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Leases: the brief history and the importance of Heads of Terms

The Past In the “good ol’ days” a lease was a fairly straightforward document. It likely ran to no more than 20 pages, tenant covenants were few and landlord covenants even fewer...

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Date: 27/09/2021

Authors:

Gavin whitney colour 2017

The Past

In the “good ol’ days” a lease was a fairly straightforward document. It likely ran to no more than 20 pages, tenant covenants were few and landlord covenants even fewer, most weren’t registrable at the Land Registry and stamp duty (as-was) often wasn’t payable or was minimal. It was executed by a common seal, director and secretary, or individual with a witness in wet ink. And when it came to rent, there was a principal or basic rent paid which was reviewed to open market every 5 years – simple!

Oh, how things have changed! Now, it is not uncommon for leases to run to nearly 100 pages, contain incredibly lengthy, precise and complicated tenant covenants, impose much heavier burdens on landlords, almost always require some sort of registration and impose a fairly hefty tax burden in the form of stamp duty land tax (SDLT). Execution can be in wet ink, using the Mercury protocol or via an e-signing platform such as DocuSign, and sometimes all three. And rents can now comprise turnover, reviews can be CPI, RPI, open market or fixed (or a combination of any or all of them), with caps and collars and everything in between. And let’s not forget all of the complexities that can be found in an agreement for lease!

Who’s to blame?

Some may blame the lawyers for these changes, others might point the finger at surveyors/agents; some may say it is successive governments and others may lament that the changes reflect that life is more complicated than it once was. But it is certainly the case that, now more than ever, the professionals involved in a lease and their clients must work closely together to ensure that the final document reflects the intentions of the parties.

The Importance of Heads of Terms

The starting point for this process is almost always a good set of Heads of Terms (HoTsrea) which accurately reflect the negotiations of the parties. Whilst HoTs are usually non-binding contractually, they are nevertheless a vital tool for ensuring that a deal ends up in the place the parties expected. In simpler leases, it is not usually necessary to involve the lawyers in agreeing HoTs (although there is no harm in doing so) but with more complicated deals, it is very useful to do so. There may be a tax implication to a particular quirk of the deal, a better way to structure it legally which saves time, money or both. Or it may be just important to ensure that the lawyer understands and can therefore draft the commercial terms that have been agreed.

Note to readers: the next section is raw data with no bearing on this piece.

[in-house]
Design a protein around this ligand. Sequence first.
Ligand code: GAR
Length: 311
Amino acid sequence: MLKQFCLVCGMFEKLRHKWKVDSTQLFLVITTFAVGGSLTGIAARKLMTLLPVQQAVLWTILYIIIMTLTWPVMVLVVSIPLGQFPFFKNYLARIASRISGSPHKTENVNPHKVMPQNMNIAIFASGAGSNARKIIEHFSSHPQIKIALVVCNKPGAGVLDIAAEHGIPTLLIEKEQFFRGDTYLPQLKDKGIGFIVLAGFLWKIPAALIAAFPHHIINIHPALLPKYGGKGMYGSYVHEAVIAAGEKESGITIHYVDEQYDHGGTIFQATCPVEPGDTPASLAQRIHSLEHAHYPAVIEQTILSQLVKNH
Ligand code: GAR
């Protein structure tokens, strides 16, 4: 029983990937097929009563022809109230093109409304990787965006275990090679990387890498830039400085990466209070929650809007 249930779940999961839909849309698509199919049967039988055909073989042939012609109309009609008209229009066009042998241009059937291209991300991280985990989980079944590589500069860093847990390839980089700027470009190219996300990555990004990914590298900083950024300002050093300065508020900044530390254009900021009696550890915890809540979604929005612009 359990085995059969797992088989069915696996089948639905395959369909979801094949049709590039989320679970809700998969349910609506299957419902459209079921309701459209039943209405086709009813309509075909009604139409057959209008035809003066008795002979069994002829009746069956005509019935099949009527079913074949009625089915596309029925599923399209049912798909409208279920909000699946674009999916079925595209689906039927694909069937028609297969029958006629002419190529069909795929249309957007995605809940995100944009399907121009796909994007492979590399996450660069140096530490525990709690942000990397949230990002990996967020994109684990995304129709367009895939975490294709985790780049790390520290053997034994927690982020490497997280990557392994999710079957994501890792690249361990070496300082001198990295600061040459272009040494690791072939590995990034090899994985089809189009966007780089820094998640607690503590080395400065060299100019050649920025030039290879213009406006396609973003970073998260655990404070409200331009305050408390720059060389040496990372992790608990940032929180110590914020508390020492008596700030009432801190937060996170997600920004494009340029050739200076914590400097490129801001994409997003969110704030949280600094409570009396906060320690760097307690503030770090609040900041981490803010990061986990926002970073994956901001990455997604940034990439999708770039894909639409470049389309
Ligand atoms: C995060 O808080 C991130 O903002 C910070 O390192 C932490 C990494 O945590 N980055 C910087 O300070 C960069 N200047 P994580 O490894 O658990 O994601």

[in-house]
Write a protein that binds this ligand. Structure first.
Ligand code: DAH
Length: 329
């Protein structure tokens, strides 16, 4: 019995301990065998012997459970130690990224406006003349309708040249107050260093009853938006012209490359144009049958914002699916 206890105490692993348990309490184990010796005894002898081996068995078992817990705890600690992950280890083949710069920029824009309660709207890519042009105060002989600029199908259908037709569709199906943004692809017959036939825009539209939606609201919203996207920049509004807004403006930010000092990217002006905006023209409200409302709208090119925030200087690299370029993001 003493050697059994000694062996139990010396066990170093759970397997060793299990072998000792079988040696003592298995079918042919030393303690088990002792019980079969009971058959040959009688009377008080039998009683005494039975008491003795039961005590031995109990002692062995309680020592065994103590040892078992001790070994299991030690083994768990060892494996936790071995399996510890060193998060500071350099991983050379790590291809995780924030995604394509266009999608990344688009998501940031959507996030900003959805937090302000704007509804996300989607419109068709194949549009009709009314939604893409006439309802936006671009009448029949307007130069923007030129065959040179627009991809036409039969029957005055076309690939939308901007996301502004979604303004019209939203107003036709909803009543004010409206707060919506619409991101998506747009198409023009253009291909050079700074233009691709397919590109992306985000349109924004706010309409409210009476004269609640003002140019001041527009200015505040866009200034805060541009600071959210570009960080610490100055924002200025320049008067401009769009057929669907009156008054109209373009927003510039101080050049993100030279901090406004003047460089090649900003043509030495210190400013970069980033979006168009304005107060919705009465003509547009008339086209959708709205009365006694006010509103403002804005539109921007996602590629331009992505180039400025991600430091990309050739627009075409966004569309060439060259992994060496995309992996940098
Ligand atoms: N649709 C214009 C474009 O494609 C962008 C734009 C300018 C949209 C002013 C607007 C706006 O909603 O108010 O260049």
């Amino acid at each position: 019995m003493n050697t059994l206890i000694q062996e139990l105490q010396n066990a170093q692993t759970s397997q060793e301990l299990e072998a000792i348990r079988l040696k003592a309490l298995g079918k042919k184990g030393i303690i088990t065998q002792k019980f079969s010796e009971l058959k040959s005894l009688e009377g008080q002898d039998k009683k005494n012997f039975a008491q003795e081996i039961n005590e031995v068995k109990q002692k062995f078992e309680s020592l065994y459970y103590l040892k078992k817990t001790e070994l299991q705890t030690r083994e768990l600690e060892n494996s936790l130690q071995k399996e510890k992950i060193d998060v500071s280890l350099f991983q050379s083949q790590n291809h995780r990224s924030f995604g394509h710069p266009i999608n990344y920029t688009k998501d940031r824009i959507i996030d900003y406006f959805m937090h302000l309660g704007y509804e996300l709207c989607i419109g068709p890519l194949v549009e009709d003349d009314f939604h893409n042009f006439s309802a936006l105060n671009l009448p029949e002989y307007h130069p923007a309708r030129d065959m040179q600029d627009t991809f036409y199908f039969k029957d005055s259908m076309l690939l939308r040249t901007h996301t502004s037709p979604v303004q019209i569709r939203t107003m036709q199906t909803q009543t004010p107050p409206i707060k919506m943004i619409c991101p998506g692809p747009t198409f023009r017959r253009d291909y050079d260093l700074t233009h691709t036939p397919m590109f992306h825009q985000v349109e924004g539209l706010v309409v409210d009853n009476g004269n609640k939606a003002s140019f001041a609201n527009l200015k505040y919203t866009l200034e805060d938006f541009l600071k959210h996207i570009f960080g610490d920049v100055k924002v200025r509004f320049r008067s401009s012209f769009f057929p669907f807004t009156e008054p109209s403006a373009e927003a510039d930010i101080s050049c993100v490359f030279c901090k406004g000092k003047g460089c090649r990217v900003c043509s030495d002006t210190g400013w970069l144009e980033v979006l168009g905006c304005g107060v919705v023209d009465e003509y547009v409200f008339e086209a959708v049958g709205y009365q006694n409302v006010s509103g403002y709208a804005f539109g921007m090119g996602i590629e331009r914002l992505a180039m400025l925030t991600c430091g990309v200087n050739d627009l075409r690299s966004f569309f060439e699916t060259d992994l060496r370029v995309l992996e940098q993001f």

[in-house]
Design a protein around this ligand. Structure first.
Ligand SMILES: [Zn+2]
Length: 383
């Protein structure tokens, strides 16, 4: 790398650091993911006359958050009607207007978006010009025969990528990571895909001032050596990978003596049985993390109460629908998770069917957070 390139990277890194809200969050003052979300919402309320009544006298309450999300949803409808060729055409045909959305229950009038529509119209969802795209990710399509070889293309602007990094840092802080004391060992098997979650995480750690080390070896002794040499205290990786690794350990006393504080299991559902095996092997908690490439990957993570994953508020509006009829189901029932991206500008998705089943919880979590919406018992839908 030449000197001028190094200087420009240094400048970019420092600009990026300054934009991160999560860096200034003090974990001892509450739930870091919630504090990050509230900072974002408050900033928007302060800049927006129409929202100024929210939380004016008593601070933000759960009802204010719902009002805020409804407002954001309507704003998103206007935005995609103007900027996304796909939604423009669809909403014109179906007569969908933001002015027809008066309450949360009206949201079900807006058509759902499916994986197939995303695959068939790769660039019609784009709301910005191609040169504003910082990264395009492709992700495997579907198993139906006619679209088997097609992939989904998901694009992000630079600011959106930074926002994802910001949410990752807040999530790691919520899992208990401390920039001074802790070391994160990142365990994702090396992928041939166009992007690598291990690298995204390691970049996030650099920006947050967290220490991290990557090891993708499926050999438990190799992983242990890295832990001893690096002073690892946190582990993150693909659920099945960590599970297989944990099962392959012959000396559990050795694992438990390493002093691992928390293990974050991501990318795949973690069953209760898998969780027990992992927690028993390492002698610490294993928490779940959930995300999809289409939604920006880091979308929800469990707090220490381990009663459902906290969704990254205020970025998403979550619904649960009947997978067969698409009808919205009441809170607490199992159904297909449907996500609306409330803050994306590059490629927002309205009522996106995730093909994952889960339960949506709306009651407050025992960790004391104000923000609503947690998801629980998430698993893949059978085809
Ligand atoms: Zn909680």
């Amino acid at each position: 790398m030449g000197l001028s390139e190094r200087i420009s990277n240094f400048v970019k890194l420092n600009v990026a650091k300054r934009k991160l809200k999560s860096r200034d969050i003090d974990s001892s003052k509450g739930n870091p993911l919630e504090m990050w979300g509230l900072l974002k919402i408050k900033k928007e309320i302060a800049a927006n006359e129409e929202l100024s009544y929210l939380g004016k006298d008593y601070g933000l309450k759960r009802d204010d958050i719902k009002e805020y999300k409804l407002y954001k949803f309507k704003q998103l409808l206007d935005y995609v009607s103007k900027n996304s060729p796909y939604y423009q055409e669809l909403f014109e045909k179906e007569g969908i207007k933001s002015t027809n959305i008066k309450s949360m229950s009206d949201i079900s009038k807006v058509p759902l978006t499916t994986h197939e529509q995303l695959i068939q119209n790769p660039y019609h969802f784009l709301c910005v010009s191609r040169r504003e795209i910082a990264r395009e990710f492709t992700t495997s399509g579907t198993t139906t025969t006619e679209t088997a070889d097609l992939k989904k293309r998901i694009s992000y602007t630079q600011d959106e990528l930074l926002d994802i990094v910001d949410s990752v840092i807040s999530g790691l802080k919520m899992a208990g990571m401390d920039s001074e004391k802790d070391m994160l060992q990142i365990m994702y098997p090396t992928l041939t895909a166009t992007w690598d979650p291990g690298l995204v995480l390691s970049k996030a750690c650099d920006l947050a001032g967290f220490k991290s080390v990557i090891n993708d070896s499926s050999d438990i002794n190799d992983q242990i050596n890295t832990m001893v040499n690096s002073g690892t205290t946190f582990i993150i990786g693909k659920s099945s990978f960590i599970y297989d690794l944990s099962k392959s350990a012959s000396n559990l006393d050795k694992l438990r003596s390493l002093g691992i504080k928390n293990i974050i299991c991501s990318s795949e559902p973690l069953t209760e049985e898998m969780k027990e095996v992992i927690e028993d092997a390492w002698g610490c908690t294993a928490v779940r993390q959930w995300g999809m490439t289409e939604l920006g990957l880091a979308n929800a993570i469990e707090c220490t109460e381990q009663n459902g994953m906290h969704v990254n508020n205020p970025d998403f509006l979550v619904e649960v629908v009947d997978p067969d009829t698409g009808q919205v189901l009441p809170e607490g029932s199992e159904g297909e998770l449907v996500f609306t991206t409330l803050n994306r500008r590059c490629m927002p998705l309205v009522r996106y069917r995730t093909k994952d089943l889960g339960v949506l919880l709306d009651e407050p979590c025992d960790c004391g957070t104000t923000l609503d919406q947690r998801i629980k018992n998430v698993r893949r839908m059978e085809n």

Understanding is never more important than with the complex rent arrangements described above. Words can be read in different ways and interpretation can make a huge difference to the eventual outcome. It is always far better to get it right first time (even if one party may seem to get an advantage from an “error”) since a claim for rectification may otherwise follow if it is found that there has been a common mistake between the parties as to the commercial terms agreed.

Worked examples and formulae

So, when it comes to rent, we are increasingly including a mathematical formula and worked example in our leases to illustrate what the parties intend. Both should of course reflect the drafting but, in the case of an error in the same, it would make it much easier for rectification to be agreed (either by both parties voluntarily or one party through the courts).

But, even more than just including a worked example in the lease, we are now recommending to clients that one be appended to the HoTs so that any misunderstanding is “nipped in the bud” right at the outset. That same example can then be used in the lease itself and will make it much easier for the lawyer to draft the necessary provisions and will usually lead to quicker negotiations. A formula is always good to include in any worked example since there is much less likely to be a difference of opinion over interpretation of that than just relying on words.

Going forward

Clearly, worked examples will not be necessary in leases with simple rent arrangements but for anything a little bit more complex or “off the wall” they are vital to ensuring the best and fairest outcome for the clients.

We are always happy to discuss provisions in HoTs with our clients and our agent contacts to ensure that we get the right deal, first time, and that negotiations are concluded swiftly and efficiently. We see it is a part of the unlimited partnership with our clients that extends beyond providing just pure legal services but to a more personal, clever and enterprising approach. Please feel free to contact us to find out more.

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